In 1997, the Strategic Missile Forces, Military-Space Forces, and Space Anti-Missile Defense Forces were merged into the Strategic Missile Forces. As a result of the integration, the command personnel were reduced by 30%, and duplicating structures were cut back. Combat readiness was increased 15-20% with a substantial saving of funds needed for maintenance of the reduced Armed Forces branch. Two new regiments, armed with Topol-M missiles, have recently begun their combat duty.

In 1998, the Air Force and Air Defense Forces were merged into the Air Force. On account of unification of the command structures of the two Armed Forces branches, the authorized strength of the Air Force was reduced 30-40%. The Air Force is currently enlarging long-range aviation.

The Navy has also undergone a significant reorganization. It will be soon reinforced with nuclear cruiser submarines. It is obvious why Russia needs this. In 1999, NATO accepted three new members: Czech Republic, Poland, and Hungary. We can assume that this does not threaten Russia, but according to the Defense Ministry, the mere fact of the presence of armed forces, ships, and the aircraft of NATO near the Russian borders demonstrates that Russia “needs to keep the powder dry.” NATO has already demonstrated its “love for peace” with Russia. Under the guise of a peacekeeping operation, NATO inserted its forces into Yugoslavia. The Serb orthodox Christian population is still persecuted in Kosovo. It is already clear that NATO has overtaken a strategically important combat area in the center of Europe.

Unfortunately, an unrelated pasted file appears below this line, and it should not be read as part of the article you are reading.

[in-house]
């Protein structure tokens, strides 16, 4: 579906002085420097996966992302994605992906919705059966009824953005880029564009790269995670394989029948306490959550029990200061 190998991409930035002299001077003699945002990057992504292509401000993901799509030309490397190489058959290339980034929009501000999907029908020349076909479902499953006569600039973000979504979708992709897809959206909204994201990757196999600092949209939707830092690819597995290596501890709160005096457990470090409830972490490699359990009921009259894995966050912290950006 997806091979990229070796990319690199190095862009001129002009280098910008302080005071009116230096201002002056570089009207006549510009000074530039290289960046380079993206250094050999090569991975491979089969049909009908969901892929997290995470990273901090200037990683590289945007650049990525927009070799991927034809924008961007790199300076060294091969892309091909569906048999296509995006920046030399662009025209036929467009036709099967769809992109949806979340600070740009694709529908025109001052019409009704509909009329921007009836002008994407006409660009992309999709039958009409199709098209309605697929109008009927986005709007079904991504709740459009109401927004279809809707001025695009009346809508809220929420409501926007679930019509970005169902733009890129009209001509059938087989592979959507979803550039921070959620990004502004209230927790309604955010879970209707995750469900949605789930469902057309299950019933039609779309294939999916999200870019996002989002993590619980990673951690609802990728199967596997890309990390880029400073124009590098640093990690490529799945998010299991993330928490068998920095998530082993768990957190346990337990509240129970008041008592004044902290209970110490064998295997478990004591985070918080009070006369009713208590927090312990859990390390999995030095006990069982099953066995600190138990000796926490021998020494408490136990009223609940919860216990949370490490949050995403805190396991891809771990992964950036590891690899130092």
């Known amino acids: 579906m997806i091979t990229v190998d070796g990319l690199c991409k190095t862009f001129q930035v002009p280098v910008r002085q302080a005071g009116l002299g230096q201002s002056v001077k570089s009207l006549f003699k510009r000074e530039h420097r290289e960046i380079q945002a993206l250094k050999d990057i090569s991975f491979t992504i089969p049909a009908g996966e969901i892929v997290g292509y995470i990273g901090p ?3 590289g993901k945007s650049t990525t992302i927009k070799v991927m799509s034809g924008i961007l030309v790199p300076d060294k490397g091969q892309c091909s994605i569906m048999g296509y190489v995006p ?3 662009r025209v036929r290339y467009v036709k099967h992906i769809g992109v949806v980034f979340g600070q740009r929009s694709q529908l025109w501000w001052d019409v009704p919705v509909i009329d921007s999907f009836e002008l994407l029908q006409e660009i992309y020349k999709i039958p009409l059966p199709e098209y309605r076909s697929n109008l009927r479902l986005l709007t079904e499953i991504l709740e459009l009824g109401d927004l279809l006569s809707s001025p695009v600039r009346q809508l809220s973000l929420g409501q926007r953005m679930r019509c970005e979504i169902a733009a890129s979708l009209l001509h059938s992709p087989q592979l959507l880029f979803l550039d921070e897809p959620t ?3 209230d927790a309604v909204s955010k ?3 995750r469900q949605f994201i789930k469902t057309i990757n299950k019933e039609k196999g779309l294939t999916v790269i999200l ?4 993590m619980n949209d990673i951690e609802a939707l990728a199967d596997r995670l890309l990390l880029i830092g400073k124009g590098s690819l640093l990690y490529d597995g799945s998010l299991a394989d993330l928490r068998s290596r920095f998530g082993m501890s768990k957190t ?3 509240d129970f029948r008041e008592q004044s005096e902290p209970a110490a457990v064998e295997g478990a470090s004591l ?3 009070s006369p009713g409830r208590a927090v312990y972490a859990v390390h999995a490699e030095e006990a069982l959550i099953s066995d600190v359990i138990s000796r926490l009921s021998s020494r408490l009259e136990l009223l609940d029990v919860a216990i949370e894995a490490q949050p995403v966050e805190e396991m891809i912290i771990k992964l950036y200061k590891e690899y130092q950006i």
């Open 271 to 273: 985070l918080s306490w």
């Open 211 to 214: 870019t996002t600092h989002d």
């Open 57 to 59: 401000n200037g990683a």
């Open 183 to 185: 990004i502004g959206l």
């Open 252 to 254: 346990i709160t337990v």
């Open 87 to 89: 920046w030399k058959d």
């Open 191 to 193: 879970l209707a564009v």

The beneficial geographic location of Yugoslavia, at the crossroads of transport routes and interests of many countries, is the reason for the concentration of NATO forces there.

The new strategy of NATO makes provisions for expanding the possible military force application far beyond the “zone of responsibility” of the alliance. At this point, Russia is concerned not only about the activation of military-political efforts in the former Soviet republics, but also these regions’ assertions that they constitute a sphere of NATO security interests. Thus, the NATO zone includes not only the Caspian countries, but also Central Asia. However, Russia also has its own interests in this region. Thus, collusion of these interests shows that Russia needs to improve its military powers.

Moreover, Washington plans to withdraw from the Anti-Ballistic Missile (ABM) Treaty of 1972. Washington will make a decision on this matter in the summer of 2000. It is very likely that the anti-missile defense system, which is prohibited by the ABM treaty, will be deployed. Selection of areas of the national anti-missile defense system deployment (Alaska and Grand-Forks air base, North Dakota) demonstrates that this system is mainly intended to intercept ballistic missiles launched from Russia and China. In these circumstances, Russia will take responsive measures.

Russia will be able to defend its sovereignty. The economic situation in the country is gradually stabilizing. This was demonstrated by the observance of the budget allocations to the Armed Forces. For the first time during the whole post-Soviet history, all budget assignments for national defense in 1999 were fully observed. In 2000, it is planned that the state defense order will be increased 50%. The Armed Forces will receive new kinds of weapons, which indicates that the needs of Russia’s national security will be fully met.

All this will happen, if there is peace and accord in Russia and power is based on democratic principles. However, in reality, many factors could hinder this process, including the presidential elections. No one can predict with 100% assurance how Putin will (as one of the candidates for presidency) behave as the President. Meanwhile, his intention to increase the military budget and strengthen the Armed Forces shows that, on the one hand, he cares about the state. On the other hand, however, he could be creating the preconditions for the establishment of tyranny and authoritarian rule in the country.